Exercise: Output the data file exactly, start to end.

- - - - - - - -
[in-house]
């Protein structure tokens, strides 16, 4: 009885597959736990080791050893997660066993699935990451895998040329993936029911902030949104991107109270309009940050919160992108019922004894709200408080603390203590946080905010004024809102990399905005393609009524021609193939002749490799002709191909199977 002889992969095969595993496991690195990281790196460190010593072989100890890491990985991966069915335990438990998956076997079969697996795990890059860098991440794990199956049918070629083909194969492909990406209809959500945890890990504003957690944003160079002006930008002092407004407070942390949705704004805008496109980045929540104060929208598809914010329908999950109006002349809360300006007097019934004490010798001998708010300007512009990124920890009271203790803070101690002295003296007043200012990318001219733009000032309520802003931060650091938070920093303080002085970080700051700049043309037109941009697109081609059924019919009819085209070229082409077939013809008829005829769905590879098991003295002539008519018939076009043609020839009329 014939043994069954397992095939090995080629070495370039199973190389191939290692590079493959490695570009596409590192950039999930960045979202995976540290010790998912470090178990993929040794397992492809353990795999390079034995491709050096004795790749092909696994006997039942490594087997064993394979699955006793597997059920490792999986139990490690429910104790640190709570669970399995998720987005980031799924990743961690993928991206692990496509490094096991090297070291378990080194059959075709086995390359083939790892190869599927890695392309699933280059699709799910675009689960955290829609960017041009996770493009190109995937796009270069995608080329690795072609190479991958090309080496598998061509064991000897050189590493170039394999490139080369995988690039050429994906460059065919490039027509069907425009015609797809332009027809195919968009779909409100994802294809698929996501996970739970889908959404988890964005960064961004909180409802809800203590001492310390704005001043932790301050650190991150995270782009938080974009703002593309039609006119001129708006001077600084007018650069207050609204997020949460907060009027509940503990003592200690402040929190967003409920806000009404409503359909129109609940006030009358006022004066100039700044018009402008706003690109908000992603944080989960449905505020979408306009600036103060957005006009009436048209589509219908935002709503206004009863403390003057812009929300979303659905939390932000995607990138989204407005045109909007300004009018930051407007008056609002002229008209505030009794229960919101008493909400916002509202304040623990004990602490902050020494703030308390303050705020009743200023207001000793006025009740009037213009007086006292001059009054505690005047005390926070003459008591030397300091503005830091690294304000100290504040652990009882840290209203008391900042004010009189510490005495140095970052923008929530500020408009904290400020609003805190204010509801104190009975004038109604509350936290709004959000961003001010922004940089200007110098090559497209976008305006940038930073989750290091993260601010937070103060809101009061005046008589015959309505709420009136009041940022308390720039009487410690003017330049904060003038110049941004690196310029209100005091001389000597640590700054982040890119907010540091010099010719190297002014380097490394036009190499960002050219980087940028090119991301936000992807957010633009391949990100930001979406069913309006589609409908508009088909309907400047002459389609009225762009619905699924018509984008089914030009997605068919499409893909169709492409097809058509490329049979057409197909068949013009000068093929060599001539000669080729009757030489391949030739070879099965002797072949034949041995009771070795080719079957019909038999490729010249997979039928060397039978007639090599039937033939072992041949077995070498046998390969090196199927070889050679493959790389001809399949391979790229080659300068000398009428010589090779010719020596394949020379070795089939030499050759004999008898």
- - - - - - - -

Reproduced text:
[in-house]
């Protein structure tokens, strides 16, 4: 009885597959736990080791050893997660066993699935990451895998040329993936029911902030949104991107109270309009940050919160992108019922004894709200408080603390203590946080905010004024809102990399905005393609009524021609193939002749490799002709191909199977 002889992969095969595993496991690195990281790196460190010593072989100890890491990985991966069915335990438990998956076997079969697996795990890059860098991440794990199956049918070629083909194969492909990406209809959500945890890990504003957690944003160079002006930008002092407004407070942390949705704004805008496109980045929540104060929208598809914010329908999950109006002349809360300006007097019934004490010798001998708010300007512009990124920890009271203790803070101690002295003296007043200012990318001219733009000032309520802003931060650091938070920093303080002085970080700051700049043309037109941009697109081609059924019919009819085209070229082409077939013809008829005829769905590879098991003295002539008519018939076009043609020839009329 014939043994069954397992095939090995080629070495370039199973190389191939290692590079493959490695570009596409590192950039999930960045979202995976540290010790998912470090178990993929040794397992492809353990795999390079034995491709050096004795790749092909696994006997039942490594087997064993394979699955006793597997059920490792999986139990490690429910104790640190709570669970399995998720987005980031799924990743961690993928991206692990496509490094096991090297070291378990080194059959075709086995390359083939790892190869599927890695392309699933280059699709799910675009689960955290829609960017041009996770493009190109995937796009270069995608080329690795072609190479991958090309080496598998061509064991000897050189590493170039394999490139080369995988690039050429994906460059065919490039027509069907425009015609797809332009027809195919968009779909409100994802294809698929996501996970739970889908959404988890964005960064961004909180409802809800203590001492310390704005001043932790301050650190991150995270782009938080974009703002593309039609006119001129708006001077600084007018650069207050609204997020949460907060009027509940503990003592200690402040929190967003409920806000009404409503359909129109609940006030009358006022004066100039700044018009402008706003690109908000992603944080989960449905505020979408306009600036103060957005006009009436048209589509219908935002709503206004009863403390003057812009929300979303659905939390932000995607990138989204407005045109909007300004009018930051407007008056609002002229008209505030009794229960919101008493909400916002509202304040623990004990602490902050020494703030308390303050705020009743200023207001000793006025009740009037213009007086006292001059009054505690005047005390926070003459008591030397300091503005830091690294304000100290504040652990009882840290209203008391900042004010009189510490005495140095970052923008929530500020408009904290400020609003805190204010509801104190009975004038109604509350936290709004959000961003001010922004940089200007110098090559497209976008305006940038930073989750290091993260601010937070103060809101009061005046008589015959309505709420009136009041940022308390720039009487410690003017330049904060003038110049941004690196310029209100005091001389000597640590700054982040890119907010540091010099010719190297002014380097490394036009190499960002050219980087940028090119991301936000992807957010633009391949990100930001979406069913309006589609409908508009088909309907400047002459389609009225762009619905699924018509984008089914030009997605068919499409893909169709492409097809058509490329049979057409197909068949013009000068093929060599001539000669080729009757030489391949030739070879099965002797072949034949041995009771070795080719079957019909038999490729010249997979039928060397039978007639090599039937033939072992041949077995070498046998390969090196199927070889050679493959790389001809399949391979790229080659300068000398009428010589090779010719020596394949020379070795089939030499050759004999008898």